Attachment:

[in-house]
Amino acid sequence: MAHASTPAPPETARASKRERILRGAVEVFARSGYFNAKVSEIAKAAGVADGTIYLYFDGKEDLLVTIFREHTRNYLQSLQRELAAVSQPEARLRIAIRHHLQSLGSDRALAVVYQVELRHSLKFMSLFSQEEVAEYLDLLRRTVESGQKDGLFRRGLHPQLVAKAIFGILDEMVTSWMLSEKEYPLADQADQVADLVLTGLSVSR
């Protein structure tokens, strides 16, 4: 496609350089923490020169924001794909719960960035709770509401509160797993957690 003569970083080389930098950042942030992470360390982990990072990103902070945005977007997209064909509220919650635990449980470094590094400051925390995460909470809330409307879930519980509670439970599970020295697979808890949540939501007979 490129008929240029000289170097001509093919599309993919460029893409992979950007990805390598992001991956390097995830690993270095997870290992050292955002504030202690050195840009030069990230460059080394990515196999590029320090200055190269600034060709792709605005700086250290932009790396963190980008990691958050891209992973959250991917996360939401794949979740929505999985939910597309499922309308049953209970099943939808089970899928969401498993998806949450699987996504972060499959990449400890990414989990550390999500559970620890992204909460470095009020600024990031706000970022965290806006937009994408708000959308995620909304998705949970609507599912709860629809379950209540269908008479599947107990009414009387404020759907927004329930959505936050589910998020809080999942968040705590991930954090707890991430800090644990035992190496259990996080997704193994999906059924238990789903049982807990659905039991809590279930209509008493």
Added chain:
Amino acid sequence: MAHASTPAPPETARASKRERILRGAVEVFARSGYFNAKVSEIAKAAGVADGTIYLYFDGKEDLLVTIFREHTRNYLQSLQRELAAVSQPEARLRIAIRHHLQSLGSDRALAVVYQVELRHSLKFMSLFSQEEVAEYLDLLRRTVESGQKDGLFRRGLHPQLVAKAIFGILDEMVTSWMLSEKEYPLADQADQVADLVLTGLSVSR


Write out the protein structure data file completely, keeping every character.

[in-house]
Amino acid sequence: MAHASTPAPPETARASKRERILRGAVEVFARSGYFNAKVSEIAKAAGVADGTIYLYFDGKEDLLVTIFREHTRNYLQSLQRELAAVSQPEARLRIAIRHHLQSLGSDRALAVVYQVELRHSLKFMSLFSQEEVAEYLDLLRRTVESGQKDGLFRRGLHPQLVAKAIFGILDEMVTSWMLSEKEYPLADQADQVADLVLTGLSVSR
């Protein structure tokens, strides 16, 4: 496609350089923490020169924001794909719960960035709770509401509160797993957690 003569970083080389930098950042942030992470360390982990990072990103902070945005977007997209064909509220919650635990449980470094590094400051925390995460909470809330409307879930519980509670439970599970020295697979808890949540939501007979 490129008929240029000289170097001509093919599309993919460029893409992979950007990805390598992001991956390097995830690993270095997870290992050292955002504030202690050195840009030069990230460059080394990515196999590029320090200055190269600034060709792709605005700086250290932009790396963190980008990691958050891209992973959250991917996360939401794949979740929505999985939910597309499922309308049953209970099943939808089970899928969401498993998806949450699987996504972060499959990449400890990414989990550390999500559970620890992204909460470095009020600024990031706000970022965290806006937009994408708000959308995620909304998705949970609507599912709860629809379950209540269908008479599947107990009414009387404020759907927004329930959505936050589910998020809080999942968040705590991930954090707890991430800090644990035992190496259990996080997704193994999906059924238990789903049982807990659905039991809590279930209509008493």
Added chain:
Amino acid sequence: MAHASTPAPPETARASKRERILRGAVEVFARSGYFNAKVSEIAKAAGVADGTIYLYFDGKEDLLVTIFREHTRNYLQSLQRELAAVSQPEARLRIAIRHHLQSLGSDRALAVVYQVELRHSLKFMSLFSQEEVAEYLDLLRRTVESGQKDGLFRRGLHPQLVAKAIFGILDEMVTSWMLSEKEYPLADQADQVADLVLTGLSVSR